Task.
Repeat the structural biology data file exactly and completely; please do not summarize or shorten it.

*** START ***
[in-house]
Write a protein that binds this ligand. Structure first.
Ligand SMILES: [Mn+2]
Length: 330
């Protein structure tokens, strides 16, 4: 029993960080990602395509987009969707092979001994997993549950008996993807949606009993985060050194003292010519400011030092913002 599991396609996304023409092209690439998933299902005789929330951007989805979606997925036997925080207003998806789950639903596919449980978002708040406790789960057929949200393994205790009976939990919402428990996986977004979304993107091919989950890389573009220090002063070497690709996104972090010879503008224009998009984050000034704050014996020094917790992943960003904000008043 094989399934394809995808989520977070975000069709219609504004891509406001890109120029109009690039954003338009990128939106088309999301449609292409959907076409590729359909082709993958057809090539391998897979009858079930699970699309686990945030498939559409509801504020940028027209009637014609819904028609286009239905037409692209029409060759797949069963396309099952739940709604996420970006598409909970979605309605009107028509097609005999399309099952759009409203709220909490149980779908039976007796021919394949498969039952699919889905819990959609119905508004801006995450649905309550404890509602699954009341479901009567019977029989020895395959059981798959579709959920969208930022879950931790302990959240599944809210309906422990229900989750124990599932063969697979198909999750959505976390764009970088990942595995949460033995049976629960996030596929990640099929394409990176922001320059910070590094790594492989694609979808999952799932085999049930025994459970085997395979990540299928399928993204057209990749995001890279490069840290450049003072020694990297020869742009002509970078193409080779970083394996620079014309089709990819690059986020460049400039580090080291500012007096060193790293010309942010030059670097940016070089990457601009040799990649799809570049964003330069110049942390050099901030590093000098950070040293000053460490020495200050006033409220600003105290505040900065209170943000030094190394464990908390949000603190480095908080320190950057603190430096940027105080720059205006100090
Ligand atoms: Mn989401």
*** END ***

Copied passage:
[in-house]
Write a protein that binds this ligand. Structure first.
Ligand SMILES: [Mn+2]
Length: 330
């Protein structure tokens, strides 16, 4: 029993960080990602395509987009969707092979001994997993549950008996993807949606009993985060050194003292010519400011030092913002 599991396609996304023409092209690439998933299902005789929330951007989805979606997925036997925080207003998806789950639903596919449980978002708040406790789960057929949200393994205790009976939990919402428990996986977004979304993107091919989950890389573009220090002063070497690709996104972090010879503008224009998009984050000034704050014996020094917790992943960003904000008043 094989399934394809995808989520977070975000069709219609504004891509406001890109120029109009690039954003338009990128939106088309999301449609292409959907076409590729359909082709993958057809090539391998897979009858079930699970699309686990945030498939559409509801504020940028027209009637014609819904028609286009239905037409692209029409060759797949069963396309099952739940709604996420970006598409909970979605309605009107028509097609005999399309099952759009409203709220909490149980779908039976007796021919394949498969039952699919889905819990959609119905508004801006995450649905309550404890509602699954009341479901009567019977029989020895395959059981798959579709959920969208930022879950931790302990959240599944809210309906422990229900989750124990599932063969697979198909999750959505976390764009970088990942595995949460033995049976629960996030596929990640099929394409990176922001320059910070590094790594492989694609979808999952799932085999049930025994459970085997395979990540299928399928993204057209990749995001890279490069840290450049003072020694990297020869742009002509970078193409080779970083394996620079014309089709990819690059986020460049400039580090080291500012007096060193790293010309942010030059670097940016070089990457601009040799990649799809570049964003330069110049942390050099901030590093000098950070040293000053460490020495200050006033409220600003105290505040900065209170943000030094190394464990908390949000603190480095908080320190950057603190430096940027105080720059205006100090
Ligand atoms: Mn989401």